METAIRIE, La. -- Reggie Bush said Thursday that his decision to relinquish his Heisman Trophy is "not an admission of guilt," just the best way to end the controversy.
"It's me showing respect to the Heisman Trophy itself and to the people who came before me and the people coming after," the running back said after New Orleans Saints practice. "I just felt like it was the best thing to do, the most respectful thing to do because obviously I do respect the Heisman. I do respect all the things it stands for."
The Heisman Trophy Trust had discussed reviewing Bush's eligibility for the award after an NCAA report concluded that the running back and his family had improperly accepted cash and gifts from sports agents while he played for USC.
Bush said he believed returning the award was the best way to move forward.
"I felt just to kind of silence all the talk around it, all the negativity around it -- I felt like this would be the best decision to do right now so I could focus," he said.
Bush was the landslide winner of the Heisman following a highlight-filled 2005 season in which he piled up 2,890 all-purpose yards and helped lead USC to the BCS national title game, which the Trojans lost to Texas.
Bush is now the first winner in the 75-year history of the Heisman -- one of the most prestigious prizes in American sports -- to forfeit the award.
"I feel like he's tried to put himself in a position to do whatever he can do to help the situation," said Saints defensive tackle Sedrick Ellis, also a former USC teammate of Bush's. "He's always been a good guy as long as I've known him at USC and here in New Orleans. ... Hopefully (people will) finally leave him alone about it. It's five or six years ago. We need to let it go and move on."
"I know that he feels like this is a family -- a close-knit family -- and for him, just like the rest of us, it's about winning championships," Payton said. "He's done that once already, and we're aspiring to win more."
Bush said he consulted family and close associates before making what the decision that some of those close to him opposed.
"My mom and dad didn't want me to give it back," Bush said. "That's just the motherly and fatherly nature of parents. They understand it at the end of the day. They understand I'm a grown man and I've got to make my own decisions, and this is a learning experience for me and anybody else coming after me. ... All I can do is grow stronger from here."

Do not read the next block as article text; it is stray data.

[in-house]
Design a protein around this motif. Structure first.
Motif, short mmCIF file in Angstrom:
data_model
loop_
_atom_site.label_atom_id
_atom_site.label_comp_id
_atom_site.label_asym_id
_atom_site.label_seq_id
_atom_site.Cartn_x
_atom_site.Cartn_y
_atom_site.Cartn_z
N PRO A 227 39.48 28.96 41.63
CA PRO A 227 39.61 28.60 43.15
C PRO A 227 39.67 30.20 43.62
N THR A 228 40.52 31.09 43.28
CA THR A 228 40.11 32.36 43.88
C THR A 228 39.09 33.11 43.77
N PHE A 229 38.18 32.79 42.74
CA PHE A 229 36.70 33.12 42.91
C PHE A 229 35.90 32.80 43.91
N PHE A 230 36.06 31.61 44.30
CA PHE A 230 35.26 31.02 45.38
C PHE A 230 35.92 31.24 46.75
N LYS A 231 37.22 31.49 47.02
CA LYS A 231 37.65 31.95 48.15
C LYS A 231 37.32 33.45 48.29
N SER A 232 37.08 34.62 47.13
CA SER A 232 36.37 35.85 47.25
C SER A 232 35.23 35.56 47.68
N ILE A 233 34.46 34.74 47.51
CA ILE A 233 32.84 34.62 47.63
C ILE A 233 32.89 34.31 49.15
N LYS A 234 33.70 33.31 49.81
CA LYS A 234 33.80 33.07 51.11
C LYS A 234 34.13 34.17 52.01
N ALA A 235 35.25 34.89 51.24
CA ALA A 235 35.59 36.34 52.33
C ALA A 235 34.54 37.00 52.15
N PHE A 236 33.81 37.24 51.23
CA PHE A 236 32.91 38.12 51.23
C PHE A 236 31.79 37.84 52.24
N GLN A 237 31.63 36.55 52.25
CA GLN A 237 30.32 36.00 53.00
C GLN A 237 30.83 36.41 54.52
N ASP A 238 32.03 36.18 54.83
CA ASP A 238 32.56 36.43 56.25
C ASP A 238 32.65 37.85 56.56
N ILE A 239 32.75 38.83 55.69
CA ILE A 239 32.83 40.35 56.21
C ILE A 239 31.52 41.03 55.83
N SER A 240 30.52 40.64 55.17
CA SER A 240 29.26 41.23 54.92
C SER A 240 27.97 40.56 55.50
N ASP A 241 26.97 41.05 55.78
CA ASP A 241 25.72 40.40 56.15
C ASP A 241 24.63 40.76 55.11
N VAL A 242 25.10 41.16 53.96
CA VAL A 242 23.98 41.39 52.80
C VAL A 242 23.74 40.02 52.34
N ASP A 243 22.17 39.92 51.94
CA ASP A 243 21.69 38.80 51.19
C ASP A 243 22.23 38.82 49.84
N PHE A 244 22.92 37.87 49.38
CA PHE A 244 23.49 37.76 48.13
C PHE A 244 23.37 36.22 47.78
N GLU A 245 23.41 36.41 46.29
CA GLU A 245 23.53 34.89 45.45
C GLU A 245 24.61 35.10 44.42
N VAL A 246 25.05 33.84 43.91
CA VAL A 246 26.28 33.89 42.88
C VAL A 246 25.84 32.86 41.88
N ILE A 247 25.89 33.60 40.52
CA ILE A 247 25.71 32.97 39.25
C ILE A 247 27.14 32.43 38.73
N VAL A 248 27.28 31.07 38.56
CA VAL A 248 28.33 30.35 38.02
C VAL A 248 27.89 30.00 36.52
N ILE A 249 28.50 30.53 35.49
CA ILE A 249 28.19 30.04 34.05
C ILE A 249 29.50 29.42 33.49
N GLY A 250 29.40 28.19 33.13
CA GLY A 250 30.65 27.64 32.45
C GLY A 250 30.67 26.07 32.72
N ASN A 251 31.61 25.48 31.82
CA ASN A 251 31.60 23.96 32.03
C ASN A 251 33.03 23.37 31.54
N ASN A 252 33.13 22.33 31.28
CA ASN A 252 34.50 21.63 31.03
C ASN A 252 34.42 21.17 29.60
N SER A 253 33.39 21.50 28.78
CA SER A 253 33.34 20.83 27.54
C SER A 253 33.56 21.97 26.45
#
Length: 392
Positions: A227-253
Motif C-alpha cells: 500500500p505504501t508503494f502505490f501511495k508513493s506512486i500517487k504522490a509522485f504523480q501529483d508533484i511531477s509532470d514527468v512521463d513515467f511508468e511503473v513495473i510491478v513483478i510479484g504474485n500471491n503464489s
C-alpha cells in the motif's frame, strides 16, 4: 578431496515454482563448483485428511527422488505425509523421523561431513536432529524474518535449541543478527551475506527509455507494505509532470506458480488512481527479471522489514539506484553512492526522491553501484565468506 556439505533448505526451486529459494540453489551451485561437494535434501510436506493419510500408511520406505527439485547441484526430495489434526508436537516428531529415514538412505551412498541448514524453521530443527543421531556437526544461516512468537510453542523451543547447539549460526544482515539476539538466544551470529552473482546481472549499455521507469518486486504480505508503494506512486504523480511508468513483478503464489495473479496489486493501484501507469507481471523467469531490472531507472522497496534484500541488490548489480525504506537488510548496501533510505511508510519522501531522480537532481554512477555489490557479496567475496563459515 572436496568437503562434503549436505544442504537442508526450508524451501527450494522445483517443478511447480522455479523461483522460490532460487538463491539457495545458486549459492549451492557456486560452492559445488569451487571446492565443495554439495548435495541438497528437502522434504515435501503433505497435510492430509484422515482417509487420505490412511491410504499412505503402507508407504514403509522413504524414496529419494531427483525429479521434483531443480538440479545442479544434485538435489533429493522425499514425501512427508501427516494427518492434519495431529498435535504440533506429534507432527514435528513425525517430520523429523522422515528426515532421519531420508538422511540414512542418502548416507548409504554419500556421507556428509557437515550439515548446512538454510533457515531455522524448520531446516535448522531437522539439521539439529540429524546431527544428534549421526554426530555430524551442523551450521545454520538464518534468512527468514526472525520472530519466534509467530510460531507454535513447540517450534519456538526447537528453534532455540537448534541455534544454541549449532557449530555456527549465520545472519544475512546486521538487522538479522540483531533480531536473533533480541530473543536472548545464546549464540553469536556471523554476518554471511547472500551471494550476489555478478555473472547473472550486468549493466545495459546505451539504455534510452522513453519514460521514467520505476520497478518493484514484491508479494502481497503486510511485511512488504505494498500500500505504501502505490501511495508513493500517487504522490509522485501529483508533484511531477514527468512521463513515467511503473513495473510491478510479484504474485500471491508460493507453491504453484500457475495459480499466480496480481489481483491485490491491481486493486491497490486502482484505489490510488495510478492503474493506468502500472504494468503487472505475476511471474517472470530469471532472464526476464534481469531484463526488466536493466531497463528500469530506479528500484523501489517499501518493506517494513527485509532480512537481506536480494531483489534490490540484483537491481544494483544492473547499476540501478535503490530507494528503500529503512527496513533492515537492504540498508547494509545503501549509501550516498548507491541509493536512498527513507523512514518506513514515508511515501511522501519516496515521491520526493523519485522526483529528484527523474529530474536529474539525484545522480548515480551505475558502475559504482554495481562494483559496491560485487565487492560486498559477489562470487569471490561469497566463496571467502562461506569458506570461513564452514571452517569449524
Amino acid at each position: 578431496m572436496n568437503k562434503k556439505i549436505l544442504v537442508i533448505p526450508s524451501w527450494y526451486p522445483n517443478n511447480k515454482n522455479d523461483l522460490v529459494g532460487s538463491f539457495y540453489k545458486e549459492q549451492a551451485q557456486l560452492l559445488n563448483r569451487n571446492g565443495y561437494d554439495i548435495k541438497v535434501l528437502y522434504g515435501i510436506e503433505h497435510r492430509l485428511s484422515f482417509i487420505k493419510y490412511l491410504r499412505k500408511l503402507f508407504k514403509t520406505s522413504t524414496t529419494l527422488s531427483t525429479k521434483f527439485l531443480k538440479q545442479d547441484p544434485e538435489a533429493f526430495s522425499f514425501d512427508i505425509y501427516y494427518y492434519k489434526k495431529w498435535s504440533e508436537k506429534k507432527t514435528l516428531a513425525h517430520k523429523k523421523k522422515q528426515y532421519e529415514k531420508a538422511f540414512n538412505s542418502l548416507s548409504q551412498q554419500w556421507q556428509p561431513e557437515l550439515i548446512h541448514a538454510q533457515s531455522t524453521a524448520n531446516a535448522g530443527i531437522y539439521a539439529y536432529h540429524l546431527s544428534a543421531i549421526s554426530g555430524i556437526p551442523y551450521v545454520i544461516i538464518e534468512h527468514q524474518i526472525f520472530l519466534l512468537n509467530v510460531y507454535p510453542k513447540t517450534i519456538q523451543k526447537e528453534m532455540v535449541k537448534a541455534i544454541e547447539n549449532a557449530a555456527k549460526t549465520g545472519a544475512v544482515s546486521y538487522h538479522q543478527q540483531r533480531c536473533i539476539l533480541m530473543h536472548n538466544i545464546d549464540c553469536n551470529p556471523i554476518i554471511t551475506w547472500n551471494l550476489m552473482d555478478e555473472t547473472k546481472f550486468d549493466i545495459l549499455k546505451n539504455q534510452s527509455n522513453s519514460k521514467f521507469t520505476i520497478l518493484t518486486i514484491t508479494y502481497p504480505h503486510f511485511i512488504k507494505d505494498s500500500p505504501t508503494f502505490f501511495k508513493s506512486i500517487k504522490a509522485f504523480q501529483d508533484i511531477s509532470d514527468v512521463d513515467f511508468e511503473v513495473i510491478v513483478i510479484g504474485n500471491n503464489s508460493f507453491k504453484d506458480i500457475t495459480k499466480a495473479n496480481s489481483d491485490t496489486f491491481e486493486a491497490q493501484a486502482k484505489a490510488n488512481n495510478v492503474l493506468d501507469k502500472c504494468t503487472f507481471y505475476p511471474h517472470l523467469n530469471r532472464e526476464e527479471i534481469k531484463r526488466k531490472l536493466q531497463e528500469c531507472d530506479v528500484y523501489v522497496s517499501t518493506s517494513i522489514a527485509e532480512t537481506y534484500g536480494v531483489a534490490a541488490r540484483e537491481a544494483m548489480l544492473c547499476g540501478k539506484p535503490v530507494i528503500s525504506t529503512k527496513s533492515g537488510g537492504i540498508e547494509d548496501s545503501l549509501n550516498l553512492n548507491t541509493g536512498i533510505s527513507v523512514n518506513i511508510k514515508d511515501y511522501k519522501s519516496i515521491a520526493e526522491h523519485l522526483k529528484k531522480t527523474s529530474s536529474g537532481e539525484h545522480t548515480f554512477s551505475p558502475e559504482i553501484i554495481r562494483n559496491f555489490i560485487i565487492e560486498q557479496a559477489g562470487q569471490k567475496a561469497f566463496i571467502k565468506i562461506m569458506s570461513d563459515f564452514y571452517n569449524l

Allegations that Bush and his family had accepted improper benefits while he was still an amateur athlete surfaced in 2006, and the NCAA began a years-long probe into the matter soon afterward.
The probe concluded this year, and the NCAA in June cited USC for failing to monitor its athletes closely enough and severely punished the Trojans football program. The NCAA imposed a two-year postseason ban on USC, reduced scholarships and put the program on probation for four years.
While not admitting to anything in the report, Bush has said he regrets that his actions in some way led to sanctions against USC and caused controversy around his title of Heisman winner.
"I'm not happy this happened. This is where it has come to," Bush said. "This is just a part of life. This is a part of growing pains and becoming more mature. You learn. You grow. You get better. You get stronger and hopefully you never make those same mistakes again.
"How do I clear my name? I don't know. I'm not sure. This is the first time I've been in this situation," Bush added. "I've obviously got to brainstorm and get together with my team and see what we can do. I'm here to lend a helping hand to USC, and any time they need me and any time I can do something to help them, they know I'm just a phone call away."
"All I can do is focus on the future and move ahead and move on with my life and try to continue to help the New Orleans Saints win games, every year, year in and year out and be a constant contender in this league," Bush said.
Bush said he also wants to start a program to help high school and college athletes deal with the pressures and temptations that come when their ability provides them celebrity and fame before they've turned pro.
"You're still a kid, but you're still asked to make adult decisions," Bush said, alluding to a handful of college teams -- including North Carolina, Alabama, Georgia and South Carolina -- dealing with probes into whether or not their players had improper contact with agents.
"Whatever the NCAA has, whatever programs they have, aren't working, and it needs to be changed. If it's not changed, it's going to continue, and it hasn't stopped yet," Bush said. "It's going to continue year after year after year, and you're going to see kids be ineligible. You're going to see great athletes missing their junior and senior year and seasons because the system doesn't work.
"Obviously something has to be changed. You've got universities making millions of dollars off these kids and they don't get paid. The majority of college athletes who come in on scholarship come in (with) nothing. That's where you have a problem. You're making all this money off these kids and you're giving them crumbs and then you're surrounding these kids with money and telling them not to touch it."
Copyright 2010 by The Associated Press